During the procedure
Having a blood pressure test is often a routine part of a medical appointment. The test may be performed by a nurse or technician.
The test is performed best while you're seated in a chair in the examining room. Your arm should be supported, resting on a table at heart level, both feet flat on the floor and back supported by the chair.
Your health care provider will wrap an inflatable cuff around the top part of your arm so that the bottom of the cuff is just above your elbow. The cuff is attached to a dial, digital display or a device that looks similar to a thermometer. This equipment is called a sphygmomanometer (sfig-moe-muh-NOM-uh-tur). Your health care provider will generally check blood pressure in both arms to determine if there is a difference. It's important to use an appropriate-sized arm cuff.
Throughout the test, you should try not to talk or move your arm. The nurse or technician will feel the pulse at your wrist and then take a reading with the sphygmomanometer, checking for when the pulse is felt as the air deflates from the cuff. This is so he or she can figure out how much air to pump into the cuff to accurately measure your blood pressure.
Once a pulse from an artery is found and the stethoscope is positioned above the elbow, so the nurse or technician will hear the blood flow, he or she will begin inflating the cuff with a small hand pump. The nurse or technician will inflate the cuff to momentarily stop the blood flow through the artery in your arm.
Then the nurse or technician will open a valve on the hand pump to slowly release the air in the cuff. He or she will continue to listen to your pulse with a stethoscope to record your systolic and diastolic blood pressure. Systolic pressure — the top number of your blood pressure reading — is the pressure of the blood flow when your heart muscle contracts, pumping blood. Diastolic pressure — the bottom number of your blood pressure reading — is the pressure measured between heartbeats. Blood pressure is measured in millimeters of mercury, which is abbreviated mm Hg.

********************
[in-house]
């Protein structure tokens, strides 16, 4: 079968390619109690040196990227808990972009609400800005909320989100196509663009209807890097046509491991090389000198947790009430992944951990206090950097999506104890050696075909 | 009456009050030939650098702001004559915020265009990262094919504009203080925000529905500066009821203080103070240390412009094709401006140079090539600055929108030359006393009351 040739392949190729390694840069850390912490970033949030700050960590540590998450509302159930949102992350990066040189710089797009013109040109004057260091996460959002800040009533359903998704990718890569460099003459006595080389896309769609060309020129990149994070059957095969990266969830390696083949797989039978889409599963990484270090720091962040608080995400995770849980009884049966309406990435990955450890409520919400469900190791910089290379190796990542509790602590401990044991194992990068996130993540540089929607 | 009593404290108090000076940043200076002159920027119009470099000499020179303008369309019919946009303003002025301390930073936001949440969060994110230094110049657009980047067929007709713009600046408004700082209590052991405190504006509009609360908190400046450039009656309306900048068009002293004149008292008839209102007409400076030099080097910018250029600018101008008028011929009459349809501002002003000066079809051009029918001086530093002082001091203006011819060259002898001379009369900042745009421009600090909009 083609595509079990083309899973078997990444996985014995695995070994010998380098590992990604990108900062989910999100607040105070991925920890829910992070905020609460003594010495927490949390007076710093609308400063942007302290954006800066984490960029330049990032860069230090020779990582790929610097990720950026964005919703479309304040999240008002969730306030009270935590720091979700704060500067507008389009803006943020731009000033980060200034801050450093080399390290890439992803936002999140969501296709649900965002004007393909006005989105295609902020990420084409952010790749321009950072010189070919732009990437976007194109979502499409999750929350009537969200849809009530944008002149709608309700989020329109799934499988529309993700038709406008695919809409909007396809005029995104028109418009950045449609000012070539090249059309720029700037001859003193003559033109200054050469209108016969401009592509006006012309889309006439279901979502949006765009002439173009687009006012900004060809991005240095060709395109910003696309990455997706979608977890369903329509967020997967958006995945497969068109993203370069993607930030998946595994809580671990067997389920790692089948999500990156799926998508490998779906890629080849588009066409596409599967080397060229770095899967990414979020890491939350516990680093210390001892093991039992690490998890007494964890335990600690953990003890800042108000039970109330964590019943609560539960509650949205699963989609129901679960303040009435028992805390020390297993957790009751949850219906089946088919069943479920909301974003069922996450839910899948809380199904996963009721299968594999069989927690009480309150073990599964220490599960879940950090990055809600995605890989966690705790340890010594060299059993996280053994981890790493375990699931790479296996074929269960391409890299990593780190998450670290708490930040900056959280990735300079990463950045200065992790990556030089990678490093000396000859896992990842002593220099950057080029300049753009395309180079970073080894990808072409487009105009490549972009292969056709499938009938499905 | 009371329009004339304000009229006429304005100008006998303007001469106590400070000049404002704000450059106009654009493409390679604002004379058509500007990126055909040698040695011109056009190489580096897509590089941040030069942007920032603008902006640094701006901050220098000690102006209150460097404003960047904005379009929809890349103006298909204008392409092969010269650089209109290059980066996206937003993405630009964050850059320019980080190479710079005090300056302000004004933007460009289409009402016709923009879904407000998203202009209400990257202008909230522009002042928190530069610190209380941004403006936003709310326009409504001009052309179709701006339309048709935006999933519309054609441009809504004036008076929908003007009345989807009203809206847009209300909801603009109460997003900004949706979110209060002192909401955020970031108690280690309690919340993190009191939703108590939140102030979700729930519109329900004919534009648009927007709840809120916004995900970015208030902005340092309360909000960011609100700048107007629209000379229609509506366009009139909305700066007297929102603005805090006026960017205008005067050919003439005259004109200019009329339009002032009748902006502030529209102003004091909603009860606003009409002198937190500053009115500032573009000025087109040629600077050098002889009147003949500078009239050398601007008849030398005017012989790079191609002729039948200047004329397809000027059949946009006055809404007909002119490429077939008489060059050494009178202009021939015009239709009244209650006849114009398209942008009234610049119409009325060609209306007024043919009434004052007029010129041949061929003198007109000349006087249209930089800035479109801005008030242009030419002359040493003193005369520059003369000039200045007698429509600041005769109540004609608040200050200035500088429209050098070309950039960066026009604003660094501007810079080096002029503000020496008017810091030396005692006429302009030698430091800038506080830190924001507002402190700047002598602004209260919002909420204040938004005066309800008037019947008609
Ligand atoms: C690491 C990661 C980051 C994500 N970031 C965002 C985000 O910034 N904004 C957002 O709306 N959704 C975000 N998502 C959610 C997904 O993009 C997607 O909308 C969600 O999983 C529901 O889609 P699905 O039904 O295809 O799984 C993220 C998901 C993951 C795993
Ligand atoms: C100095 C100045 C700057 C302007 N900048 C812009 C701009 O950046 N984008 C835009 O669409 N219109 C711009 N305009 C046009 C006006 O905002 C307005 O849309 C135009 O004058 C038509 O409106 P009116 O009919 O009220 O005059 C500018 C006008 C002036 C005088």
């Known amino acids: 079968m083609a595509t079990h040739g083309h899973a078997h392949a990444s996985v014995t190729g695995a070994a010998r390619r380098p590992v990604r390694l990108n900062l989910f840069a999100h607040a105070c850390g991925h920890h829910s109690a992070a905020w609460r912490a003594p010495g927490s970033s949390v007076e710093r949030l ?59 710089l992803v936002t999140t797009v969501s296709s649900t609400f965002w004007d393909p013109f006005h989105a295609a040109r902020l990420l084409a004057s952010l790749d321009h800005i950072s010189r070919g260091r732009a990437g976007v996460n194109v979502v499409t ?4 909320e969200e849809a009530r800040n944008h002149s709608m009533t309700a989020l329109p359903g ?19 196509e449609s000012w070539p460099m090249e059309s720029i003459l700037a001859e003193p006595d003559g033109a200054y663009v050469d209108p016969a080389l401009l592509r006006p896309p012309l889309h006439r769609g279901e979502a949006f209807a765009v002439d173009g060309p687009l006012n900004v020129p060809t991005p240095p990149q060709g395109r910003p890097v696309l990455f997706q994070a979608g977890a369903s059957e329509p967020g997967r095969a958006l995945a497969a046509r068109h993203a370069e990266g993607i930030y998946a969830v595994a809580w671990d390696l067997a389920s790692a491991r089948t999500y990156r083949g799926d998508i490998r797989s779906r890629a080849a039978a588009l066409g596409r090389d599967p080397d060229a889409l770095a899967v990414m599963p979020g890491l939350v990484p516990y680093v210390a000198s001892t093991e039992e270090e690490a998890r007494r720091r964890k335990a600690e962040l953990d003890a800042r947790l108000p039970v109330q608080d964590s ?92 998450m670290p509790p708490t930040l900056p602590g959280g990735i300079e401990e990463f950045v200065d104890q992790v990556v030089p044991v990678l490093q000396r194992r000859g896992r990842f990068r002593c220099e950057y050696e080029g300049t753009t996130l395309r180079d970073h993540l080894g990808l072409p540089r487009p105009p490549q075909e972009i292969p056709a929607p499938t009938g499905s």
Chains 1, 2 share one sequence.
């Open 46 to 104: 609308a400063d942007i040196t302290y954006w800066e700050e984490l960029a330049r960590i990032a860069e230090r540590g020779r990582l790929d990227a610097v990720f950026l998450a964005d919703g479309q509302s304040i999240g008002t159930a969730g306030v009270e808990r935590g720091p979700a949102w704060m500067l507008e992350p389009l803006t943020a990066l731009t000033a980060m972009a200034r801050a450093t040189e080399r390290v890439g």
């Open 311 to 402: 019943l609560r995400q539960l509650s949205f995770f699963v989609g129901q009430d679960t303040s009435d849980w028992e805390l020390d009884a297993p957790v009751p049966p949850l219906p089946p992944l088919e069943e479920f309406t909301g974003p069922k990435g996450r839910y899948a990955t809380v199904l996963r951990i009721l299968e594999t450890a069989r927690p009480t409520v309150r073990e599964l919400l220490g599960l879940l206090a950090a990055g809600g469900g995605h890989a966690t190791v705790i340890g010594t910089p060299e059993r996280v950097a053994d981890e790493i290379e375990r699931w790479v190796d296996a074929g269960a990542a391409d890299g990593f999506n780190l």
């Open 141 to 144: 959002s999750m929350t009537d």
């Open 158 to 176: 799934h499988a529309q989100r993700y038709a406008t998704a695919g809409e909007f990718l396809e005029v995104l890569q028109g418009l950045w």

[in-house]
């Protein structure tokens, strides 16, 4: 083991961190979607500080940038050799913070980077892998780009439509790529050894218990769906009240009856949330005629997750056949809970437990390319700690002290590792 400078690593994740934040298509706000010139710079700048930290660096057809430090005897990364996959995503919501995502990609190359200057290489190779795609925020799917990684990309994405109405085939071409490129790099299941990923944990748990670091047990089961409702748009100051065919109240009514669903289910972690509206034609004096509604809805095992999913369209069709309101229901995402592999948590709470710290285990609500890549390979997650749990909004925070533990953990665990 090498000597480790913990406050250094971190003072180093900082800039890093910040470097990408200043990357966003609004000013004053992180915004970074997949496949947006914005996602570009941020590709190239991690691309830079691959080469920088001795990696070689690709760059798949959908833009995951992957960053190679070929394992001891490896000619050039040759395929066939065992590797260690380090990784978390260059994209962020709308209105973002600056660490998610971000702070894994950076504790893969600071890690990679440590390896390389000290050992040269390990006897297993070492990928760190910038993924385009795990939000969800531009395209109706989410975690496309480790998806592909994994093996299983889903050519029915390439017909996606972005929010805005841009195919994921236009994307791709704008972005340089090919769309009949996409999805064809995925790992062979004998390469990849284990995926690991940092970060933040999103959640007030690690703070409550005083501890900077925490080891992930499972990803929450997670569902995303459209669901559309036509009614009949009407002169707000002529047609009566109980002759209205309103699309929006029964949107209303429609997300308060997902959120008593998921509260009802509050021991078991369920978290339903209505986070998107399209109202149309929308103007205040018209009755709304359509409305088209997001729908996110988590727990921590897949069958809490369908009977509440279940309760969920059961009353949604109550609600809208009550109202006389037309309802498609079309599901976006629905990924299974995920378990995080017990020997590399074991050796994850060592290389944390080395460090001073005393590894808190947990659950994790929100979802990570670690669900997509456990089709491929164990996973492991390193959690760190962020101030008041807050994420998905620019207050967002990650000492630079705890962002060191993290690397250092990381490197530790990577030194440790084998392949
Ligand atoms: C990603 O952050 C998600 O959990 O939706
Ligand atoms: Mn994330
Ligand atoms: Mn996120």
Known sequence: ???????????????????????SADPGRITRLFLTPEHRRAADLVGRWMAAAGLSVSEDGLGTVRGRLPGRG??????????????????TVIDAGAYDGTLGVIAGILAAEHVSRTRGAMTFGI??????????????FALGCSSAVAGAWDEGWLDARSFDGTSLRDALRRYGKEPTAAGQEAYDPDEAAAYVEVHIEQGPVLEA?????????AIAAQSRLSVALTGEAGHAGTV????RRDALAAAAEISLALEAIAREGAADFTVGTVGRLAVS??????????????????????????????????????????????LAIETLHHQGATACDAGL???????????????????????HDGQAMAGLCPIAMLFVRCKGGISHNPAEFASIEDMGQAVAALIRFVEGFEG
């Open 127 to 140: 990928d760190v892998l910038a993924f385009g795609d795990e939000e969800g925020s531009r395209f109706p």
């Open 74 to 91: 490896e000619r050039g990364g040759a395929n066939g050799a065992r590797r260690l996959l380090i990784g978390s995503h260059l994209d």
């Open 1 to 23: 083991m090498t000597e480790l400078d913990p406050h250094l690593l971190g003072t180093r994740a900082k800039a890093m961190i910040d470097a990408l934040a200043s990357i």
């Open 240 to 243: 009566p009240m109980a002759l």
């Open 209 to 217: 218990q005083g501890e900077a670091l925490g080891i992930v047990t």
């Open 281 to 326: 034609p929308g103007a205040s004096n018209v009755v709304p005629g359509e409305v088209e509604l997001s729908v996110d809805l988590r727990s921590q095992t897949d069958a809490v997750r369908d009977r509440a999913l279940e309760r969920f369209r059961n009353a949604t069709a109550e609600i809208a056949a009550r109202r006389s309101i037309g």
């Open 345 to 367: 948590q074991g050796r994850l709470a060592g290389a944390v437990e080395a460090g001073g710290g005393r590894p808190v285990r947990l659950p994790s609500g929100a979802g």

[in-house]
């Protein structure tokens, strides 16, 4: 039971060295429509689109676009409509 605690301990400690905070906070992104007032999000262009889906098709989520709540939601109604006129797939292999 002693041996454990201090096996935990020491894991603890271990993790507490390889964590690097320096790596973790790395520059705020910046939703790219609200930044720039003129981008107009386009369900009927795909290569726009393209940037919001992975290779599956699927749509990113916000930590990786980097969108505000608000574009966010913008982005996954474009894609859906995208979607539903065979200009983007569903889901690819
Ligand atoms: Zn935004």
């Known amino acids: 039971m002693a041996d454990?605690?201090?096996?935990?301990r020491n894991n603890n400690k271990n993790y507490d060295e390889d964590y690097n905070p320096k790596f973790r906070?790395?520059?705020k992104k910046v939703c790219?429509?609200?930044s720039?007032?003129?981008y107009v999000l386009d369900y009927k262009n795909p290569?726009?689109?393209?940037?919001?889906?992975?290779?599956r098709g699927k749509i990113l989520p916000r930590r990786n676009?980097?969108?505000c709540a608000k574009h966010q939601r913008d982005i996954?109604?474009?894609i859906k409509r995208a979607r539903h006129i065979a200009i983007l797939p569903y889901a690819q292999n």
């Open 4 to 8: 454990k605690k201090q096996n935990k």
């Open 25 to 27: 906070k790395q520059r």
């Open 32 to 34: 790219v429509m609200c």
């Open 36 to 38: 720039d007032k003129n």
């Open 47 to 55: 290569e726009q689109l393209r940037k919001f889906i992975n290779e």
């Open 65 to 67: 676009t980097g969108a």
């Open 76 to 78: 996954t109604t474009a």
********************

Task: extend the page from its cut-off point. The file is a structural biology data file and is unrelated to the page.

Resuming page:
It's also possible your blood pressure will be evaluated using a machine that automatically measures the pressure in your pulse to determine your systolic and diastolic blood pressure. If this is the case, it's not necessary for the nurse or technician to search for your pulse with a stethoscope.
Whether your blood pressure is measured by hand or with an automatic machine, it takes about a minute to complete a single blood pressure measurement.
After the procedure
The nurse or technician taking your blood pressure can tell you what your blood pressure is immediately after the test is over. Your doctor may discuss what the results mean if your blood pressure test shows that you have high or low blood pressure.
If your doctor thinks you may have high or low blood pressure and is trying to decide the best treatment options for you, you may need to have two or three follow-up appointments to have your blood pressure checked. This is because your blood pressure can vary from moment to moment and day to day. Also for this reason, you may be given multiple blood pressure tests during one visit.
Your doctor will look at the results of each of your blood pressure tests to see if you need treatment. You may also be instructed to take several blood pressure readings at home.
Tracking your blood pressure readings
It can be helpful in diagnosing or monitoring high blood pressure if you record your readings in a blood pressure log, whether on paper or electronically, such as in an online personal health record or blood pressure tracker, for example. This gives you the option of sharing your data with your health care providers and family members.
Some blood pressure monitors can be connected directly to your computer, making it easy to transfer the information to an online record.
Nov. 10, 2015
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